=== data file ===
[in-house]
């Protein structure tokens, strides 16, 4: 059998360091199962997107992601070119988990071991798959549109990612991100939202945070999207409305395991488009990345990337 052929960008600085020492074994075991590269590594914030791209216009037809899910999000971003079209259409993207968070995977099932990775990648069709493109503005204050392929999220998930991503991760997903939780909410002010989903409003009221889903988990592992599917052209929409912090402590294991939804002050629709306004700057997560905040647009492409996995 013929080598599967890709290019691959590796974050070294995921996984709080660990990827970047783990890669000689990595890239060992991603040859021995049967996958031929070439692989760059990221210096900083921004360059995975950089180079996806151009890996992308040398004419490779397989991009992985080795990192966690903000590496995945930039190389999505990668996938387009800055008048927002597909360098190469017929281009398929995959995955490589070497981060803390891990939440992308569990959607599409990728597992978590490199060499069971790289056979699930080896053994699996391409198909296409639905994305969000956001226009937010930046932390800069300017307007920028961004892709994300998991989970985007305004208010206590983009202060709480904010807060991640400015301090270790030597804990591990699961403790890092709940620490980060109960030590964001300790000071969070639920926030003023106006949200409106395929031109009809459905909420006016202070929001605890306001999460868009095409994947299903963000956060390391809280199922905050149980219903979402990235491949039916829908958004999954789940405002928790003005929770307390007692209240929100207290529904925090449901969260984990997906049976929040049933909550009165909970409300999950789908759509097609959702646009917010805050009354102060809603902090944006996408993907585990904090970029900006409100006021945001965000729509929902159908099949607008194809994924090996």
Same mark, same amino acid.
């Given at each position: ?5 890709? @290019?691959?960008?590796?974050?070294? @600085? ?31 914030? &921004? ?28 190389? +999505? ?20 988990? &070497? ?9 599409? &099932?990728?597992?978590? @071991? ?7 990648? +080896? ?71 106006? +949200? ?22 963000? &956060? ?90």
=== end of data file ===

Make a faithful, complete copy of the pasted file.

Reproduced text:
[in-house]
């Protein structure tokens, strides 16, 4: 059998360091199962997107992601070119988990071991798959549109990612991100939202945070999207409305395991488009990345990337 052929960008600085020492074994075991590269590594914030791209216009037809899910999000971003079209259409993207968070995977099932990775990648069709493109503005204050392929999220998930991503991760997903939780909410002010989903409003009221889903988990592992599917052209929409912090402590294991939804002050629709306004700057997560905040647009492409996995 013929080598599967890709290019691959590796974050070294995921996984709080660990990827970047783990890669000689990595890239060992991603040859021995049967996958031929070439692989760059990221210096900083921004360059995975950089180079996806151009890996992308040398004419490779397989991009992985080795990192966690903000590496995945930039190389999505990668996938387009800055008048927002597909360098190469017929281009398929995959995955490589070497981060803390891990939440992308569990959607599409990728597992978590490199060499069971790289056979699930080896053994699996391409198909296409639905994305969000956001226009937010930046932390800069300017307007920028961004892709994300998991989970985007305004208010206590983009202060709480904010807060991640400015301090270790030597804990591990699961403790890092709940620490980060109960030590964001300790000071969070639920926030003023106006949200409106395929031109009809459905909420006016202070929001605890306001999460868009095409994947299903963000956060390391809280199922905050149980219903979402990235491949039916829908958004999954789940405002928790003005929770307390007692209240929100207290529904925090449901969260984990997906049976929040049933909550009165909970409300999950789908759509097609959702646009917010805050009354102060809603902090944006996408993907585990904090970029900006409100006021945001965000729509929902159908099949607008194809994924090996």
Same mark, same amino acid.
């Given at each position: ?5 890709? @290019?691959?960008?590796?974050?070294? @600085? ?31 914030? &921004? ?28 190389? +999505? ?20 988990? &070497? ?9 599409? &099932?990728?597992?978590? @071991? ?7 990648? +080896? ?71 106006? +949200? ?22 963000? &956060? ?90």